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Power Failure Triggers Unsettling ‘Effect’

TIMES STAFF WRITER

Talk about life imitating art: When the recent nine-state power failure occurred, “The Trigger Effect” was already in the can. But is it art? The quick answer is that it’s not bad but could have been better. It’s stronger in its overall telling of a blackout and its increasingly ominous consequences and implications than in developing its key three characters and their interactions in the face of growing crisis.

Early on, writer David Koepp, in his directorial debut, effectively captures the free-floating anger that permeates everyday life in America, where too many people are stressed out, too easily frustrated and too frequently rude to one another.

A young black man (Richard T. Jones) is outraged when a young white woman blithely cuts in front of him (and everyone else) at a multiplex concession counter. Once inside a theater, the picture having already started, he loudly complains about the incident to his waiting friend, which in turn prompts a glaring “be quiet” look from a woman (Elisabeth Shue), which in turns prompts a racist put-down from the black man. After the lights go up, the woman’s husband (Kyle MacLachlan) wonders whether he should have sprung to his wife’s defense.

Right from the start Koepp has set in motion two subtexts that will clash throughout his film, intentionally or otherwise. On the one hand, Koepp makes clear how artificial is our existence, how helpless we are when there’s a glitch in our mechanized society, and how a power failure--or similar breakdown--threatens to shred the already-strained fabric of our society. Koepp suggests--and pretty persuasively, too--that a power failure, one that also ties up phone service, can in the course of several days swiftly reduce people to armed cavemen at a time when in so many places across the country our sense of community has waned to the extent that we barely know our neighbors.

Mutual trust is the basis of society, Koepp makes clear, but it can be awesomely difficult to establish at a time when a potential disaster has the effect of unleashing wave upon wave of pent-up, barely contained paranoia.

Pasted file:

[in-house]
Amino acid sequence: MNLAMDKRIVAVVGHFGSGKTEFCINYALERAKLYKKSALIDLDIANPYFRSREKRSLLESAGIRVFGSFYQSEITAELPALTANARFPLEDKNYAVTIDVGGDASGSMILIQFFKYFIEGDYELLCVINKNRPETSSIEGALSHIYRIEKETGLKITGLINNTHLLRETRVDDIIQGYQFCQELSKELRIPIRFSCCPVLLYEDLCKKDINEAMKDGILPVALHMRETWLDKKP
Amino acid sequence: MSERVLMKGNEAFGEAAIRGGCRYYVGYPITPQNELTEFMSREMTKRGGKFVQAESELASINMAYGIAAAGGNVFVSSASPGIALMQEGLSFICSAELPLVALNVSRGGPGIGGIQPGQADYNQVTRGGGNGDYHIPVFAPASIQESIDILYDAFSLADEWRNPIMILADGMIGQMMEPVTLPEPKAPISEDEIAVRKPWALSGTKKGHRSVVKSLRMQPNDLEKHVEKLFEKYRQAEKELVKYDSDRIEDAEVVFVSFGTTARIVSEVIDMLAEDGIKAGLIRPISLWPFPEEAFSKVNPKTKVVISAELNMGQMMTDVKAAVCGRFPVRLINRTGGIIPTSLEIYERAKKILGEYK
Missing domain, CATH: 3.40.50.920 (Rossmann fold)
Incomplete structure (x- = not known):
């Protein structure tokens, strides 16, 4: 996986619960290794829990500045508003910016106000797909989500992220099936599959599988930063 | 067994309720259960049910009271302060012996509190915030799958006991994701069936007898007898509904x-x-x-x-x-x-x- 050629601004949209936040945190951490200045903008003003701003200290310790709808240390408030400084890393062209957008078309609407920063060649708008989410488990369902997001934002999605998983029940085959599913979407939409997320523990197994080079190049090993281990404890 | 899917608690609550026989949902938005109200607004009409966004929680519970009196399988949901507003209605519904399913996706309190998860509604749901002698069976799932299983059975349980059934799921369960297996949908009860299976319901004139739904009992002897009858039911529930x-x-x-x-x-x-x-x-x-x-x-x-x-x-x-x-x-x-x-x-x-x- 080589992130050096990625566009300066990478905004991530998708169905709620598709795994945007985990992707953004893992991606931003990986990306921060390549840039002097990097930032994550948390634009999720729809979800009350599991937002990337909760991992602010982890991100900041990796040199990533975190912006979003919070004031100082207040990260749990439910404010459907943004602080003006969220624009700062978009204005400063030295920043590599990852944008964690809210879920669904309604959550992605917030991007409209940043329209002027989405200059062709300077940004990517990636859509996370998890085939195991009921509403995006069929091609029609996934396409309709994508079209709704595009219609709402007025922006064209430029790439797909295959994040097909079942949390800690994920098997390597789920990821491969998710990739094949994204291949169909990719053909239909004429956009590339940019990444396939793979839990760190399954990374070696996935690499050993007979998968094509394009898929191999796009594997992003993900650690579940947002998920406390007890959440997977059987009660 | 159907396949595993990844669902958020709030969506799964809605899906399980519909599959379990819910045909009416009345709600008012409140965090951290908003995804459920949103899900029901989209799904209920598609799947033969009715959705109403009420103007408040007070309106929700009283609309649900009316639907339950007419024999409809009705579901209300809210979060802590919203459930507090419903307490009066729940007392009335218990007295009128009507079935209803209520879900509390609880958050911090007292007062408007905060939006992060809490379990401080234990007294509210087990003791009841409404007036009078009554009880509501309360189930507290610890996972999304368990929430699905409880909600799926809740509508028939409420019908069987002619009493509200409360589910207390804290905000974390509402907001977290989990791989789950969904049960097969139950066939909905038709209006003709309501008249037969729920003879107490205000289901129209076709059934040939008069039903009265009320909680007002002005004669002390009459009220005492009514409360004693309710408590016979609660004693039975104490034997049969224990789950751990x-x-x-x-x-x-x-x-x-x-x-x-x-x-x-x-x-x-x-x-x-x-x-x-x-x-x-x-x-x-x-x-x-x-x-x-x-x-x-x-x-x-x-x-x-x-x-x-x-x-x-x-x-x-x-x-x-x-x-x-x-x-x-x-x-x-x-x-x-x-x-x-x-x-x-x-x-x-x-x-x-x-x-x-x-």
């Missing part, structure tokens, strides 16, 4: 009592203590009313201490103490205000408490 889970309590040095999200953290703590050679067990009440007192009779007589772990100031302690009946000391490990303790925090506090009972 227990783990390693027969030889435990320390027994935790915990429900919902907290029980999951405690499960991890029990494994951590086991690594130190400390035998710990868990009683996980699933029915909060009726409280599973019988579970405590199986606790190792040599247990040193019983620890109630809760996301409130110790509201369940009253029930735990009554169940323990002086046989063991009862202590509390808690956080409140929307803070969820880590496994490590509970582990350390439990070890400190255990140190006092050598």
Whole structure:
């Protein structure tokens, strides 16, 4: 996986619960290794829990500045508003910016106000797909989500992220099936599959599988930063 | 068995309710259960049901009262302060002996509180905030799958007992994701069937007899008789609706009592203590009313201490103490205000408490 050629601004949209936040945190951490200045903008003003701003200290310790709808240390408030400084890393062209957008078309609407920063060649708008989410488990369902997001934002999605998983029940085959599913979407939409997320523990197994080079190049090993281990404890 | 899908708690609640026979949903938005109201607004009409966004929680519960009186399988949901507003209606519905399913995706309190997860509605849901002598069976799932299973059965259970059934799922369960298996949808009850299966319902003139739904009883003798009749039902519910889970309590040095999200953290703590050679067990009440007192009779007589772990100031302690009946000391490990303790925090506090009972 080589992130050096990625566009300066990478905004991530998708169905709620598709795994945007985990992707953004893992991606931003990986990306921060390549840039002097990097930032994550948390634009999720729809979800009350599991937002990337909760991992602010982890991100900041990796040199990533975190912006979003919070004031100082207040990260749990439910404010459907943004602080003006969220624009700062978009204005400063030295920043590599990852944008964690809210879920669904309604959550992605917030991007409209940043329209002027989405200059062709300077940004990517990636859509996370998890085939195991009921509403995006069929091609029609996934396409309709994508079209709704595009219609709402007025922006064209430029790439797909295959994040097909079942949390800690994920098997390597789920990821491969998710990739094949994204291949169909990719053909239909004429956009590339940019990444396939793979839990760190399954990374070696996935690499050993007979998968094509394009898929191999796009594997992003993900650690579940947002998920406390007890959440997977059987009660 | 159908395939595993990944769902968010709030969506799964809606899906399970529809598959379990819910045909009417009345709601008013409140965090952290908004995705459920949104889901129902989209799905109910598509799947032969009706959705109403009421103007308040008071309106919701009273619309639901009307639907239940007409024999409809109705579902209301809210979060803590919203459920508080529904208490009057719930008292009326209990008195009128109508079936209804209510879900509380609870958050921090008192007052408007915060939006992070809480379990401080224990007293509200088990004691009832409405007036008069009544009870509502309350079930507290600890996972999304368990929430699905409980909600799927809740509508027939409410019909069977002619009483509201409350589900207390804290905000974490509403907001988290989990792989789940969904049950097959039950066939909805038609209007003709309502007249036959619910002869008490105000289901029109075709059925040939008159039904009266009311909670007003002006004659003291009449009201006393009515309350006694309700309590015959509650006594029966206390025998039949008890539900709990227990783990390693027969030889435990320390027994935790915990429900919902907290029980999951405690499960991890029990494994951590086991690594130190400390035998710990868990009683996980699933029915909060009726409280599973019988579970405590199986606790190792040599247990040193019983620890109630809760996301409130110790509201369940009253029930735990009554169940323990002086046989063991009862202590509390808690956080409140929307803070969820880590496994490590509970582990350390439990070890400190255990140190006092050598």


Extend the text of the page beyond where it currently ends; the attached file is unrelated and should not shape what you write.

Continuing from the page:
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So far so good. The trouble is that whether he means to or not Koepp sends the message that there’s nothing like a power failure to energize a guy some might consider a wimp into becoming a hero--and recharge his and his wife’s love life as well. You have the feeling, though, that Koepp is not really acknowledging these sentiments even though he’s exploiting them. If he had, he might have arrived at an ironic paradox: Disasters warn us of modern society’s peculiar fragility and vulnerability, but without them (or, by extension, war) how’s a man--especially a suburban yuppie pulling down $100,000 a year--going to become a real man?

Koepp would have been better off allowing MacLachlan’s Matthew to proceed in the Henry Fonda/James Stewart mold of the decent, quiet All-American husband and father who reveals great courage and strength of character under pressure. But, no, Koepp has to have Dermot Mulroney show up out of the blue to stir up some sexual tension. Mulroney’s Joe is a macho construction worker, jealous of his old pal Matthew’s success (at whatever white-collar profession it is that he pursues) and attracted to Shue’s beautiful Annie, who hasn’t been getting much loving from her husband lately. As it turns out, Joe’s fundamentally gratuitous and distracting presence is mainly a momentary diversion before Matthew and Annie have to make some major survival decisions.

Despite conflicted circumstances, the cast is capable, but there’s a feeling of loose ends, an overall lack of cohesiveness to this good-looking film. “The Trigger Effect” is on-target when it comes to the ills of modern society but is charged with ambivalence as to what makes a hero.

* MPAA rating: R, for language and some violence. Times guidelines: The film’s depiction of a power failure and its consequences may be too intense for small children.

(BEGIN TEXT OF INFOBOX / INFOGRAPHIC)

‘The Trigger Effect’

Kyle MacLachlan: Matthew

Elisabeth Shue: Annie

Dermot Mulroney: Joe

Richard T. Jones: Raymond

A Gramercy Pictures release. Writer-director David Koepp. Producer Michael Grillo. Executive producers Walter Parkes, Laurie MacDonald, Gerald R. Molen. Cinematographer Newton Thomas Sigel. Editor Jill Savitt. Costumes Dana Allyson. Music James Newton Howard. Production designer Howard Cummings. Art director Jeff Knipp. Set decorator Larry Dias. Running time: 1 hour, 33 minutes.

* In general release throughout Southern California.


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